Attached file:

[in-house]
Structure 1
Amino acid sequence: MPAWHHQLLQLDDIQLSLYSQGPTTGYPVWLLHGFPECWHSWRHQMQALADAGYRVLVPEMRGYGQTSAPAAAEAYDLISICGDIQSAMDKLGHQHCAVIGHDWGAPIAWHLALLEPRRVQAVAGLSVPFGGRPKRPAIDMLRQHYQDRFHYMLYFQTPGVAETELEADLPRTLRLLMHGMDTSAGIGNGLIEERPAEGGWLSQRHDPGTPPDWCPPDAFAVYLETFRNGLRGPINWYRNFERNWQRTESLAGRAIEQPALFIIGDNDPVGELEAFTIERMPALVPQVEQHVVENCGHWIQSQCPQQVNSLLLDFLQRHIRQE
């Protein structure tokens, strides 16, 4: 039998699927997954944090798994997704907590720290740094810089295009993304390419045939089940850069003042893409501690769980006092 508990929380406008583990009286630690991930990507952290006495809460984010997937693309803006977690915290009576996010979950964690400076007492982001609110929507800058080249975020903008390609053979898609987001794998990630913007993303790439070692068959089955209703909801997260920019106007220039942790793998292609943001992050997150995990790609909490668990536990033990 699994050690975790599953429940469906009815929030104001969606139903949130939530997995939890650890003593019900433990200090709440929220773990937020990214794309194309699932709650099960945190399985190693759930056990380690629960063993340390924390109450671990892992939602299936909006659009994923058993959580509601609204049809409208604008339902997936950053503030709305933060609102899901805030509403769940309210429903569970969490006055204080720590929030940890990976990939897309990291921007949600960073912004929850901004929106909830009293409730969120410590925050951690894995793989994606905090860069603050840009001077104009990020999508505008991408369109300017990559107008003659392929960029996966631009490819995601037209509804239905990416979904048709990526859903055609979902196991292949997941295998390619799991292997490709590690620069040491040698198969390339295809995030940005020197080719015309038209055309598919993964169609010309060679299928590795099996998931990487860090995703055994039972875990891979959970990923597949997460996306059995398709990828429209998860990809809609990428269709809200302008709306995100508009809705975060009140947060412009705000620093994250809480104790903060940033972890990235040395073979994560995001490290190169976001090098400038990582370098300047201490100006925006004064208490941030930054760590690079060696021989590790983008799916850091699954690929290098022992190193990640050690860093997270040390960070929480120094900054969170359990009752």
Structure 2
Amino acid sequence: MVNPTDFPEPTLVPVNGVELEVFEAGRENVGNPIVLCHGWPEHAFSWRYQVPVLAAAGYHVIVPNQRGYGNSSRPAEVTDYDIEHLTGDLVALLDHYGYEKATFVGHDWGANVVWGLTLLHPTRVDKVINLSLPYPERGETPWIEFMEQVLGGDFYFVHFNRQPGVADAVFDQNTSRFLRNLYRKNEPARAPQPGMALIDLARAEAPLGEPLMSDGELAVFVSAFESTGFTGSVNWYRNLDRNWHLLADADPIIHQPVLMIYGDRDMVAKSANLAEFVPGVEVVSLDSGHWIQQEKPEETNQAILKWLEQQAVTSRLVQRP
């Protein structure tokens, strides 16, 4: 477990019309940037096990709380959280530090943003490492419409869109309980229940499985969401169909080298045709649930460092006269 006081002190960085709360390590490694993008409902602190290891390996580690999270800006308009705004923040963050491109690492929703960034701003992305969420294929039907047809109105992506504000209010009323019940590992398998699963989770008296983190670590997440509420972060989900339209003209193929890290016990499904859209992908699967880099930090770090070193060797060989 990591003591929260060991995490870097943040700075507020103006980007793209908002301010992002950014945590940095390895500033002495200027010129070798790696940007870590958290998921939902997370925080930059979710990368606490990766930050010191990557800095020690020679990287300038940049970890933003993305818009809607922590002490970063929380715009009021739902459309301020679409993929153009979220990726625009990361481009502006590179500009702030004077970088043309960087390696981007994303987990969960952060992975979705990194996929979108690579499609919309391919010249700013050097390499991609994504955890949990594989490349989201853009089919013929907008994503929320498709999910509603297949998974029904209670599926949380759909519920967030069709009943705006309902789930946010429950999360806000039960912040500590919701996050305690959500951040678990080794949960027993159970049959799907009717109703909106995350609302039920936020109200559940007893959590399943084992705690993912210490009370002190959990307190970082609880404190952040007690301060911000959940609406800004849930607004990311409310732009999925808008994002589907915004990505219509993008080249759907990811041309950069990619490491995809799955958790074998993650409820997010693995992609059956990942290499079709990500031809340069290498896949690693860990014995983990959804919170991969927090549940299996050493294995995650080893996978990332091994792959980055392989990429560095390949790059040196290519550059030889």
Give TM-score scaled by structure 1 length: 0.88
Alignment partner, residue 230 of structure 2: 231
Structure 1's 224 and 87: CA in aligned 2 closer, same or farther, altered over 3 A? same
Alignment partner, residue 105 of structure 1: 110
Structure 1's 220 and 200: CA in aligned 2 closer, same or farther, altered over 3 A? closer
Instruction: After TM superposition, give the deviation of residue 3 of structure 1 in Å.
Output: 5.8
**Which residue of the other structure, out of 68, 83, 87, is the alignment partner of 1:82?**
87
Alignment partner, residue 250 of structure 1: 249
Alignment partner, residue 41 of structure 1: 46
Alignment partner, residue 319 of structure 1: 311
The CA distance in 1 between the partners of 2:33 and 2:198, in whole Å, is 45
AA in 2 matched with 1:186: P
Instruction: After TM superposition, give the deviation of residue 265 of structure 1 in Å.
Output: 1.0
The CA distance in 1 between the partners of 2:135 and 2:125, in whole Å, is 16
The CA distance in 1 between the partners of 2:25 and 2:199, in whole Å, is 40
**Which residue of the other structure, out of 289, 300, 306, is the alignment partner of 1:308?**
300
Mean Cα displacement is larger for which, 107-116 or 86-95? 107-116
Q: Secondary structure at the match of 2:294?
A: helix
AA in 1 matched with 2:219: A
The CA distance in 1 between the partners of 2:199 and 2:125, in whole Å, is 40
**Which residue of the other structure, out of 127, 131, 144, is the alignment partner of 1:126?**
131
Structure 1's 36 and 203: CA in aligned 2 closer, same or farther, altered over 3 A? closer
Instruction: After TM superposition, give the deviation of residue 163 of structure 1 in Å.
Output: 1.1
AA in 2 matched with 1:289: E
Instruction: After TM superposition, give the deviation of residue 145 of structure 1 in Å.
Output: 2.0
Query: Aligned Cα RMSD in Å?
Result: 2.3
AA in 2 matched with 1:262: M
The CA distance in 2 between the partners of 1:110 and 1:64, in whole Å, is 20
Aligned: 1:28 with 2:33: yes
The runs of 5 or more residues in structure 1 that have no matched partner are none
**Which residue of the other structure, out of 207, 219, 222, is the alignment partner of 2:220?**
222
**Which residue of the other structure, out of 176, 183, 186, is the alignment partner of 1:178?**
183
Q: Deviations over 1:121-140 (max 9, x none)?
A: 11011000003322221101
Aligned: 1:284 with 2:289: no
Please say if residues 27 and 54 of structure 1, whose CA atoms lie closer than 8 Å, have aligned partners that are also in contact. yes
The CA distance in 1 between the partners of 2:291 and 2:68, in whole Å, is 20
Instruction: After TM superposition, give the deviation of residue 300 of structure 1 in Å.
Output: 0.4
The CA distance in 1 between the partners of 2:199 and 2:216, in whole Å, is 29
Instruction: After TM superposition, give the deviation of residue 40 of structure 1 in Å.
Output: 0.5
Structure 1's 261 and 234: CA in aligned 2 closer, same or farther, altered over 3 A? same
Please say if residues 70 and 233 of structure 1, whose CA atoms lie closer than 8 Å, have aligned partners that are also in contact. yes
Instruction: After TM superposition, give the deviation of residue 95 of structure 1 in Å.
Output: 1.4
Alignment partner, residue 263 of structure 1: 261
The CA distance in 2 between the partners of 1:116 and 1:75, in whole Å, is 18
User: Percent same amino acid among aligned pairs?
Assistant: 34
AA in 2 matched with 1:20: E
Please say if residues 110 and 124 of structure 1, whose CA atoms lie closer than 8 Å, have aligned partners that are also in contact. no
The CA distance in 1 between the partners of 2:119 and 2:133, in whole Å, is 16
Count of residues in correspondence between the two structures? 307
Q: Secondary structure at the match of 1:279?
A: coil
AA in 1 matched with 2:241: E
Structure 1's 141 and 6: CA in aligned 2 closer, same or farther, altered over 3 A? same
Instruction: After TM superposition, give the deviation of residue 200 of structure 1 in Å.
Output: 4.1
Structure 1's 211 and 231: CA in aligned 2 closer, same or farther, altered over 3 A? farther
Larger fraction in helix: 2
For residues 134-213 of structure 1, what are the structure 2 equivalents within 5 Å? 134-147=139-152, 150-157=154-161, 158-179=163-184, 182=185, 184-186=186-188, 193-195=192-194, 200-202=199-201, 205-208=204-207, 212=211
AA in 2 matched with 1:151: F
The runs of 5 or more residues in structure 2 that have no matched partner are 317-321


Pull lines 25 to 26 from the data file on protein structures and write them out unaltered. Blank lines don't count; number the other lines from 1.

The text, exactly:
The CA distance in 1 between the partners of 2:25 and 2:199, in whole Å, is 40
**Which residue of the other structure, out of 289, 300, 306, is the alignment partner of 1:308?**